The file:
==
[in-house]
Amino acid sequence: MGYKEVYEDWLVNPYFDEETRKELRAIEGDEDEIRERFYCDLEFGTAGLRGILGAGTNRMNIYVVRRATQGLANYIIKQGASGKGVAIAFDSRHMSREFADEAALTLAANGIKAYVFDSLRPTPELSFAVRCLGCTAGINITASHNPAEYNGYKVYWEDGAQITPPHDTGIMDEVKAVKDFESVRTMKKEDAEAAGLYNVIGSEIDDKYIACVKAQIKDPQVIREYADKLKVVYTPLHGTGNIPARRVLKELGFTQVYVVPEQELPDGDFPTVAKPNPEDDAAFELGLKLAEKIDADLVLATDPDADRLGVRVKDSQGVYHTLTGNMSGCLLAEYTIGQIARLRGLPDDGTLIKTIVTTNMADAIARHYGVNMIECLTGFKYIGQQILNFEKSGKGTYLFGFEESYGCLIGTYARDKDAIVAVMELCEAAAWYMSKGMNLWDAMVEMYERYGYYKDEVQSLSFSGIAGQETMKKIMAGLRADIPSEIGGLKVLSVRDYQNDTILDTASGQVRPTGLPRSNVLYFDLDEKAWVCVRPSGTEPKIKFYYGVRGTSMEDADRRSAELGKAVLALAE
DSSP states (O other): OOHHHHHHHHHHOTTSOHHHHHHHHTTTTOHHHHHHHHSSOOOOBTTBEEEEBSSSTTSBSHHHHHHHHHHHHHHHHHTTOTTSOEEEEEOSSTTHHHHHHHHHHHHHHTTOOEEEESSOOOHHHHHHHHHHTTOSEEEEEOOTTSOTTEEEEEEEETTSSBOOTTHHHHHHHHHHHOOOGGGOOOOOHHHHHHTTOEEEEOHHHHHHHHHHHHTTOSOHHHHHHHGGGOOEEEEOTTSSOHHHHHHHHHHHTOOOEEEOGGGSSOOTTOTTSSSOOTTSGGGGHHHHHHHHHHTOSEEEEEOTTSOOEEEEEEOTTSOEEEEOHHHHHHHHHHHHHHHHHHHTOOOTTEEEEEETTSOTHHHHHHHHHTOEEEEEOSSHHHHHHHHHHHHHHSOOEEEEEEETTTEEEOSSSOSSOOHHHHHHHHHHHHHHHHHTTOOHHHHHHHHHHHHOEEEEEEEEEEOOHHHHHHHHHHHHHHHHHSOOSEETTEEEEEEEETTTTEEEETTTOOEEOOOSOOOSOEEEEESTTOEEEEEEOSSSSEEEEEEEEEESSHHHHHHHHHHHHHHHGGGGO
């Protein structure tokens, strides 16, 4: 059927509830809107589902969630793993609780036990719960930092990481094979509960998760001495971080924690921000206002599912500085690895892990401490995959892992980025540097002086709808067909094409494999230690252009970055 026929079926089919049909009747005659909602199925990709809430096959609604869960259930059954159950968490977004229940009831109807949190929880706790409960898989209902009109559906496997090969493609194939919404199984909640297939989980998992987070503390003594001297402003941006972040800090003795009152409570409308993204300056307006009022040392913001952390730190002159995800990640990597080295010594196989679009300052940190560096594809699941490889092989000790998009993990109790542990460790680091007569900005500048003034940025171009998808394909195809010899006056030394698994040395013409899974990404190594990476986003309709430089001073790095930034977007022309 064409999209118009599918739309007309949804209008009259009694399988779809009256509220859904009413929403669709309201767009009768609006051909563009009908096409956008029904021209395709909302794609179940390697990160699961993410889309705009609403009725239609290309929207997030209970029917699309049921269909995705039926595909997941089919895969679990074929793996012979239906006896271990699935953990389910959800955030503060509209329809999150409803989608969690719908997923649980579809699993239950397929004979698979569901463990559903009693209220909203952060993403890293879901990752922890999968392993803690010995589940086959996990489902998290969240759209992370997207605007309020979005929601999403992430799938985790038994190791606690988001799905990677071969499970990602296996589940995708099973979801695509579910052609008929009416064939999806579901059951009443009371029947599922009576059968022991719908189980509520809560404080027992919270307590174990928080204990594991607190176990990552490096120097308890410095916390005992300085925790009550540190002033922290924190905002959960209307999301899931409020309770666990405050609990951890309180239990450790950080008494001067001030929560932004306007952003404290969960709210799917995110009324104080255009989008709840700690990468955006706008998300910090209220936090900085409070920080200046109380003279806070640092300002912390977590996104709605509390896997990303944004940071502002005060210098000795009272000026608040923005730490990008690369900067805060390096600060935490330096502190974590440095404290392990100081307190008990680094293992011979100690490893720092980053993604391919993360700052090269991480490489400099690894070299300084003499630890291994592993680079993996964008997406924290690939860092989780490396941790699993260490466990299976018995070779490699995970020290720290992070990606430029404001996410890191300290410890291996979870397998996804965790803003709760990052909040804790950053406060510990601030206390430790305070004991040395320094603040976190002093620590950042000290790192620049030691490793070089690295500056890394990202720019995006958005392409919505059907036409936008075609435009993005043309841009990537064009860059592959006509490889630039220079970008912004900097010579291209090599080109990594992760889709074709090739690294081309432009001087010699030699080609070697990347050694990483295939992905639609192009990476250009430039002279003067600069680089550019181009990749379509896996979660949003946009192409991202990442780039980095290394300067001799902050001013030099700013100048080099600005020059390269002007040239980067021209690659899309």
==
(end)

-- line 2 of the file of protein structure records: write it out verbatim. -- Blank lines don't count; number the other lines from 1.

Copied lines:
Amino acid sequence: MGYKEVYEDWLVNPYFDEETRKELRAIEGDEDEIRERFYCDLEFGTAGLRGILGAGTNRMNIYVVRRATQGLANYIIKQGASGKGVAIAFDSRHMSREFADEAALTLAANGIKAYVFDSLRPTPELSFAVRCLGCTAGINITASHNPAEYNGYKVYWEDGAQITPPHDTGIMDEVKAVKDFESVRTMKKEDAEAAGLYNVIGSEIDDKYIACVKAQIKDPQVIREYADKLKVVYTPLHGTGNIPARRVLKELGFTQVYVVPEQELPDGDFPTVAKPNPEDDAAFELGLKLAEKIDADLVLATDPDADRLGVRVKDSQGVYHTLTGNMSGCLLAEYTIGQIARLRGLPDDGTLIKTIVTTNMADAIARHYGVNMIECLTGFKYIGQQILNFEKSGKGTYLFGFEESYGCLIGTYARDKDAIVAVMELCEAAAWYMSKGMNLWDAMVEMYERYGYYKDEVQSLSFSGIAGQETMKKIMAGLRADIPSEIGGLKVLSVRDYQNDTILDTASGQVRPTGLPRSNVLYFDLDEKAWVCVRPSGTEPKIKFYYGVRGTSMEDADRRSAELGKAVLALAE